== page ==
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Preparing Your Business for Tax Reform

May 17, 2017

A great deal of uncertainty remains as to whether Congress will enact tax reform legislation in the coming months.  Most experts seem to agree the likelihood of significant reform being proposed, and eventually enacted, appears to be as high as it has been in more than 30 years. So, what should businesses do to prepare themselves in the coming months to ensure they are ready if tax reform becomes a reality?

According to Michael Hadjiloucas, partner-in-charge of the Corporate Tax Group at EisnerAmper, diligence is critical for businesses facing potential changes due to the various tax proposals being considered by Congress and the Trump Administration.

EisnerAmper believes that, as part of any reform effort, federal corporate income tax rates will be lowered, not only to stop the exodus of companies moving to other countries but to also facilitate overall business growth and spending. Whether or not tax reform encompasses the border tax proposal offered by House Republicans (see related article in this issue), it is prudent that businesses know the effects these changes will have and adopt all or some of the following strategies to put themselves in position to respond to reform at every stage.

1. Businesses should devise a system to monitor legislative developments

Every business must have a basic understanding of all proposals under consideration. CFOs and corporate tax departments should track the changes through the legislative process. “This doesn’t have to be a day-to-day thing,” notes Mr. Hadjiloucas. “But a corporation must be prepared to identify potential changes as they arise and quantify what they will mean for the company’s balance sheet, P&L, and overall valuation.”

In addition to regular monitoring of news developments, companies would be well-advised to familiarize themselves with the House GOP blueprint for tax reform, which encompasses the border tax adjustment as a component of a larger overarching proposal encompassing tax cuts and adjustments to deductions, among other items. As other proposals are fleshed out and released for public consumption, either in outline form or legislative language, companies should conduct a similar analysis.

2. Businesses should model various tax reform proposals to gauge potential effects

One of the most critical functions for a CFO and corporate tax department is to keep company executives informed on the potential impact of reform proposals. Accordingly, CFOs and corporate tax departments should devise models that gauge the effects of any particular reform on the company’s present and future tax positions in relation to a company’s overall deferred tax assets and liabilities. EisnerAmper recommends that modeling should mirror the corporate tax provision documents routinely prepared for a company’s balance sheet at year-end. If a company has a $1,000,000 tax loss in the prior year valued at $350,000 (35% tax rate), a reduction in the tax rate to 15% would lessen the value of that asset down to $150,000. Further, if a company has a large deferred tax asset, it may wish to accelerate that benefit to take advantage of the current high rate. On the other hand, if a company has already accelerated a tax deduction and now has a deferred tax liability, a reduction in the rate would lower the liability. Thus, it is critical to understand how these positions are affected on the date reform goes into effect.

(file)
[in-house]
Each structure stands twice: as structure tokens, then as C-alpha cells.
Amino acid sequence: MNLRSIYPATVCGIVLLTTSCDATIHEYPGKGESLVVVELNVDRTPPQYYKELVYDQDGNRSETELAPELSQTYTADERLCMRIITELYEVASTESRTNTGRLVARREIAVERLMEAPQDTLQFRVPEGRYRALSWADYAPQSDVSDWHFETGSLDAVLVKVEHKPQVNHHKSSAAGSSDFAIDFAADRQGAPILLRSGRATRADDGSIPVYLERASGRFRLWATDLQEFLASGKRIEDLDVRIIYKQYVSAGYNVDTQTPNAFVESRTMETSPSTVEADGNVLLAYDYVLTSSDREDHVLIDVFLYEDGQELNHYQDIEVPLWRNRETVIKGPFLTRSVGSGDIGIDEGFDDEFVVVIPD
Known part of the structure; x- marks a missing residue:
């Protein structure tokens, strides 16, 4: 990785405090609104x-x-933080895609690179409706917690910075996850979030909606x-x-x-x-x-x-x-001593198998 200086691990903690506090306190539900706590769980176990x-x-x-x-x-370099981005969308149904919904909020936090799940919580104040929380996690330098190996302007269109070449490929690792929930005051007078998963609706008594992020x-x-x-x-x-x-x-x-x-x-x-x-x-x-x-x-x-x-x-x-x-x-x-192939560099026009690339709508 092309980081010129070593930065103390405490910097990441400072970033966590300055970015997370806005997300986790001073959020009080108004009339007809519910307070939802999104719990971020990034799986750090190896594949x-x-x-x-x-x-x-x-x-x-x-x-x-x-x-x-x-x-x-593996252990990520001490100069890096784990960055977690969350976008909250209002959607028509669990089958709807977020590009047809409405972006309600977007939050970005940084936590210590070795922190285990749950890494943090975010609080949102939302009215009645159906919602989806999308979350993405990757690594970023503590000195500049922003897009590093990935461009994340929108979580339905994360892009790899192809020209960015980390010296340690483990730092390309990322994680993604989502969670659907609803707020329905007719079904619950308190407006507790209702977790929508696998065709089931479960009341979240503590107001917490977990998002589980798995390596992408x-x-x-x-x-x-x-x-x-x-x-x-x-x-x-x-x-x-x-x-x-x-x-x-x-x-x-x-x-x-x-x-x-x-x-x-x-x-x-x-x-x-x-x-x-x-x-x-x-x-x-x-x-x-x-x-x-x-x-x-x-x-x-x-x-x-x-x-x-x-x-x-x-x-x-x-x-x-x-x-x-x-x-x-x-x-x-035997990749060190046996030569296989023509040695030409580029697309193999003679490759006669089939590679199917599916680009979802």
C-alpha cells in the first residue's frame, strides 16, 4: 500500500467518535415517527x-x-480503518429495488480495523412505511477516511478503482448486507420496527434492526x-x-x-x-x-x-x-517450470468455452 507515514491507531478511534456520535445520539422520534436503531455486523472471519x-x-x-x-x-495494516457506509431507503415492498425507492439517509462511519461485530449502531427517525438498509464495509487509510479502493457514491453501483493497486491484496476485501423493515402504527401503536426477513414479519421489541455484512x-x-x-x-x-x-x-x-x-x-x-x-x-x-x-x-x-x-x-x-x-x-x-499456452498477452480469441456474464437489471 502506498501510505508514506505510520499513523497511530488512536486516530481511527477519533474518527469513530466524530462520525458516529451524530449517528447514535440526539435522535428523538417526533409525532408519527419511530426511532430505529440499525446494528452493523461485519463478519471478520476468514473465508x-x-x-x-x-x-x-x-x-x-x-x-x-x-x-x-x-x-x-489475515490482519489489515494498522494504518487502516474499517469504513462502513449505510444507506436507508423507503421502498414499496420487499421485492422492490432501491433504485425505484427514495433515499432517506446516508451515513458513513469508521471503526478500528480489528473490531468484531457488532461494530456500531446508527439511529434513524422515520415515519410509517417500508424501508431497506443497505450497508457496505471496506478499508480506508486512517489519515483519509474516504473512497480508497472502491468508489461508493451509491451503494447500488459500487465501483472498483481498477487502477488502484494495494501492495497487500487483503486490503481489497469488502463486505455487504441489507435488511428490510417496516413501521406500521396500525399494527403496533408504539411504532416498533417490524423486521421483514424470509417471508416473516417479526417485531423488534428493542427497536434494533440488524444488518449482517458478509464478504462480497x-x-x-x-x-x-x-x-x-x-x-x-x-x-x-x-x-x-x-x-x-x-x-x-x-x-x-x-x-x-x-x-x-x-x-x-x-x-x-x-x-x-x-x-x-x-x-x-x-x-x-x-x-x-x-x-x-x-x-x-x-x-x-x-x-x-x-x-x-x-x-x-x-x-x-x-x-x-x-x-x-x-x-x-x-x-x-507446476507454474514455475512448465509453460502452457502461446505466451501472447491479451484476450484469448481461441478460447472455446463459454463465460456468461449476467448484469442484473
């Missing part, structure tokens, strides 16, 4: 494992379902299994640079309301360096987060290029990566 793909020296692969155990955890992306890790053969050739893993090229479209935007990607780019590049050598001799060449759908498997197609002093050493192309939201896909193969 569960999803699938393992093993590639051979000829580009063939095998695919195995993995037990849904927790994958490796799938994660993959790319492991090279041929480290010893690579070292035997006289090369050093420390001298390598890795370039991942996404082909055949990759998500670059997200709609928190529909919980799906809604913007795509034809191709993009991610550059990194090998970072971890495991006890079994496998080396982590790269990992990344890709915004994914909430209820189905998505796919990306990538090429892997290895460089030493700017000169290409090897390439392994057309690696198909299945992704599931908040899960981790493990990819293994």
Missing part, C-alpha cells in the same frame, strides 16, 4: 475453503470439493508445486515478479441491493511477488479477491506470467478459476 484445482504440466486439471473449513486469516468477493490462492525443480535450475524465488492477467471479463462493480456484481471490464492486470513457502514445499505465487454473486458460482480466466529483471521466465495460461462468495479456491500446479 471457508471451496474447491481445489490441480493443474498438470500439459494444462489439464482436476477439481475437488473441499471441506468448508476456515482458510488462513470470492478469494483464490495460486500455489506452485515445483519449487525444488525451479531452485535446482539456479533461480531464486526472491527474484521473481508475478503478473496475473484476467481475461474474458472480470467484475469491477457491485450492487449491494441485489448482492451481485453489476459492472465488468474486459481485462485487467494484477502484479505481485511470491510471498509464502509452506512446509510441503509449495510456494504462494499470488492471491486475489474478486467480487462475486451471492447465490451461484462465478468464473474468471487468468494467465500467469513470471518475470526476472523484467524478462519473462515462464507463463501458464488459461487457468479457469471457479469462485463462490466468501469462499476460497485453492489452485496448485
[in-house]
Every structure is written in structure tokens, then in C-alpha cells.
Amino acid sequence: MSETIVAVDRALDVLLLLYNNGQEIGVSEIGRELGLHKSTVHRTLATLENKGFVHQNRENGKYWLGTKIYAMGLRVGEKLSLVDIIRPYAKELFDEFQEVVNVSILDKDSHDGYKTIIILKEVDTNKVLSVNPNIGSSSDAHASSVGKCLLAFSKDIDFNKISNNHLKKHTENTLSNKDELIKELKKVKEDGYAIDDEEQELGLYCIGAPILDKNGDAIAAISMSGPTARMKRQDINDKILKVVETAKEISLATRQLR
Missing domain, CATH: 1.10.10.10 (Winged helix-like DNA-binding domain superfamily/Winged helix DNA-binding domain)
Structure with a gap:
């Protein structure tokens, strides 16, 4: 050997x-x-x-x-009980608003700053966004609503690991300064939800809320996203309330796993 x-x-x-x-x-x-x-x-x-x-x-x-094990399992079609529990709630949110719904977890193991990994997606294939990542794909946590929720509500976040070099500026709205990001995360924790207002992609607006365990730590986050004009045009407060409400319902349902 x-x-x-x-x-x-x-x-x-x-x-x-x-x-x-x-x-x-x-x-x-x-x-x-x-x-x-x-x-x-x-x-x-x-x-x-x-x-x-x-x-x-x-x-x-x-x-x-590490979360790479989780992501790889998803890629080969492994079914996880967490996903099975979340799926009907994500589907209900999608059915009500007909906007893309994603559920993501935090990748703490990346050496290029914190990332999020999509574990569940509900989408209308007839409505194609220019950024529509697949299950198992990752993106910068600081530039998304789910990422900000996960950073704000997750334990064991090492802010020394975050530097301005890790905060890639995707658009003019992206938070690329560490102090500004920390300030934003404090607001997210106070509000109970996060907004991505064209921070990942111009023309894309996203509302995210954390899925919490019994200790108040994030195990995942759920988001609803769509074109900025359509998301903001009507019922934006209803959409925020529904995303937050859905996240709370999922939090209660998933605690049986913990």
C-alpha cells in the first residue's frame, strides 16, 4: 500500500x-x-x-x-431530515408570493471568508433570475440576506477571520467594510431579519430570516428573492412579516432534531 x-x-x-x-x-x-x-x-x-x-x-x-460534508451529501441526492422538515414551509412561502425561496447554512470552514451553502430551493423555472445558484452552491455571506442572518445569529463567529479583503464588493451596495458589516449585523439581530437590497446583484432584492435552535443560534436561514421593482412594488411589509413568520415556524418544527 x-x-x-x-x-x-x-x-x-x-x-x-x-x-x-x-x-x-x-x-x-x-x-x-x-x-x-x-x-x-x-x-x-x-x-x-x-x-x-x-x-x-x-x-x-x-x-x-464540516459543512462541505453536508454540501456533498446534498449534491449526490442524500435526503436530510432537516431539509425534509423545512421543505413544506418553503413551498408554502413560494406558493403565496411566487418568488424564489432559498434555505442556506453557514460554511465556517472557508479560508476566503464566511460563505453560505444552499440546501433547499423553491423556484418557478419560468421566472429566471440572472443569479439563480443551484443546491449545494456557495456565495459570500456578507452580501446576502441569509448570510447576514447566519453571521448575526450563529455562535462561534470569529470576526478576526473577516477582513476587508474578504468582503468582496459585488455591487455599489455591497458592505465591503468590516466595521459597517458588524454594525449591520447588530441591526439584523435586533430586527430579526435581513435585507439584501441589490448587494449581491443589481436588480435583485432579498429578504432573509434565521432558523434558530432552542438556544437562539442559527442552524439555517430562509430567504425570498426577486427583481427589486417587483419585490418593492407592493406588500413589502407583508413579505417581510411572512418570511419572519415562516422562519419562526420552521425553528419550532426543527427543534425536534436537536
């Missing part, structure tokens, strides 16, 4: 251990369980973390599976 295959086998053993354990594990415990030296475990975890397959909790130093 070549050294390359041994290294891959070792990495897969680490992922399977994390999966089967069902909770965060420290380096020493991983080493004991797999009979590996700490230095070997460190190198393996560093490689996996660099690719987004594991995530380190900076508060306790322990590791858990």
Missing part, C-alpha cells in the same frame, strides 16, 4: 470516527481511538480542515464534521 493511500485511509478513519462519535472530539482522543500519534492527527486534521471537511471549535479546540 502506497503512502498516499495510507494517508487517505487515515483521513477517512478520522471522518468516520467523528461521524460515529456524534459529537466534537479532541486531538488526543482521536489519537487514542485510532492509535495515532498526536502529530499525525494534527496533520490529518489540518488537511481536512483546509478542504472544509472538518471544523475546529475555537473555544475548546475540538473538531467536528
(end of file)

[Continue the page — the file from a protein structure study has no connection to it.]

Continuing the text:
In addition, it is imperative to understand how tax reform may impact any mergers, acquisitions, divestitures or restructurings under consideration.  Specific proposals could be a deal killer or have a material impact on the value of the target.  A well-crafted model should identify the economic impact each likely proposal would have on the deal.  Without this information, deal participants may get blindsided with unintended consequences.  

Models should be particularly sensitive to subtle differences in reform proposals as they are released. For example, under the House GOP blueprint, current provisions regarding research and development and LIFO accounting would likely be retained, while other reform proposals would eliminate these provisions. These differences should be vetted carefully for their impact, particularly in industries for which they represent a significant component of a company’s tax planning strategy.

3. Businesses should proactively communicate with lawmakers on tax reform proposals.

Once the C-suite is armed with the knowledge provided by monitoring and modeling, it is incumbent on companies to engage legislators in discussions concerning tax reform and how they expect it to impact their businesses. For larger companies, CEOs may enjoy fairly direct access to their congressmen, senators and even lobbyists, and now is the time to reach out to them. Other companies may make their voices heard through the efforts of trade or professional organizations.

The prospects for tax reform are very real, and no business--large or small--should be caught unprepared if it happens.

 Business Tax Quarterly – Spring 2017

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